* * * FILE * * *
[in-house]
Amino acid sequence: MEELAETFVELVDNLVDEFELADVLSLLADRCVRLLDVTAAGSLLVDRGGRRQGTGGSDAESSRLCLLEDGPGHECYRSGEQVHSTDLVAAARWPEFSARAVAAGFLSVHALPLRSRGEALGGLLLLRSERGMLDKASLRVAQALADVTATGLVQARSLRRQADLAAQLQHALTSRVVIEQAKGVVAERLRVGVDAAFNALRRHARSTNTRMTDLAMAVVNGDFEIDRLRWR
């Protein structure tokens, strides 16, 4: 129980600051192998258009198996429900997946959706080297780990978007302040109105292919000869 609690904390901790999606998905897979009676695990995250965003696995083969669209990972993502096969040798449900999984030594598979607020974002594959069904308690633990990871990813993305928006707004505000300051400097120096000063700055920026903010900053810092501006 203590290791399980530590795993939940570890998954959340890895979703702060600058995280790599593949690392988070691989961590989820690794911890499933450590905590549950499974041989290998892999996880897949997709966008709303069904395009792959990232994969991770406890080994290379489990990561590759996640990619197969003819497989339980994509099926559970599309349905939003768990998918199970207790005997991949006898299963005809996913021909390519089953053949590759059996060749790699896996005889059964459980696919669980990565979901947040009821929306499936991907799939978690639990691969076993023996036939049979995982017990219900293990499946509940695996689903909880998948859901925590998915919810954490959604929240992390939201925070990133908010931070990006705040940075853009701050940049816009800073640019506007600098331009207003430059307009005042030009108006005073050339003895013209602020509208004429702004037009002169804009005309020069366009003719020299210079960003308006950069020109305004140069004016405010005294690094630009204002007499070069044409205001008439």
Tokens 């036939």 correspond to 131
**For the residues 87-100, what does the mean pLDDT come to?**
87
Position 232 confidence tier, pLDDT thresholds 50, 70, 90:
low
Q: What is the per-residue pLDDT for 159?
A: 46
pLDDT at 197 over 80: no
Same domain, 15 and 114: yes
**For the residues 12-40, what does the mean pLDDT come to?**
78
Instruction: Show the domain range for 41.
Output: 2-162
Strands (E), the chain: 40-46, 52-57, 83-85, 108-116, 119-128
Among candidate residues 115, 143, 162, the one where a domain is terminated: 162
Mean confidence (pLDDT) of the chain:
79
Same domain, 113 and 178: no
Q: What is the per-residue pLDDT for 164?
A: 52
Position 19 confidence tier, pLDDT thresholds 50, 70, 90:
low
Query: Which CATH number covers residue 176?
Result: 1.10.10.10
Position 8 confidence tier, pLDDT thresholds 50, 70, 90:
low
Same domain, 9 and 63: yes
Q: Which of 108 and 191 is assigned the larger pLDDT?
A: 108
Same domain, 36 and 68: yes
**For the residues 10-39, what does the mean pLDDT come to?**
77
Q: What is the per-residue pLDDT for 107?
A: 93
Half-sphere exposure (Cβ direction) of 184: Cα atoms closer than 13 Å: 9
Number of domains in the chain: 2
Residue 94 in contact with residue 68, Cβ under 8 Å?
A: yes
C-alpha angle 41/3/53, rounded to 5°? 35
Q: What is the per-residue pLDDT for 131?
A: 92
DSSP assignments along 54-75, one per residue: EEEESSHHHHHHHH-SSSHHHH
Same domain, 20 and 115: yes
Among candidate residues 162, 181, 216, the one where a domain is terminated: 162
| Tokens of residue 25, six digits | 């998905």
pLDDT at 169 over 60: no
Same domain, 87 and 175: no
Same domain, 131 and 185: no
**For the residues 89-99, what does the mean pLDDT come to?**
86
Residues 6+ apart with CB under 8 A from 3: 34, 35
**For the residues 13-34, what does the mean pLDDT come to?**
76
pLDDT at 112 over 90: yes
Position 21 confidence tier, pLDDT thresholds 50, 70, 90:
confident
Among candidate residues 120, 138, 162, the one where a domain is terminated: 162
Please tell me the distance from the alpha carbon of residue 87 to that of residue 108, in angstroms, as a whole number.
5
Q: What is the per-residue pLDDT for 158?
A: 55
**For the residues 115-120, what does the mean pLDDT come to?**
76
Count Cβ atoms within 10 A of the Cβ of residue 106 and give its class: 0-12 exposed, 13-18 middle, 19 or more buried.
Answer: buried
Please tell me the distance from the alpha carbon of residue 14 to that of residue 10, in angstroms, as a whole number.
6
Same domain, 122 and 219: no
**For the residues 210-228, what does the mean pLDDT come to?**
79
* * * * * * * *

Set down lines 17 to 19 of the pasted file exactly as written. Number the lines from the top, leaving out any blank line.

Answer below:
Strands (E), the chain: 40-46, 52-57, 83-85, 108-116, 119-128
Among candidate residues 115, 143, 162, the one where a domain is terminated: 162
Mean confidence (pLDDT) of the chain: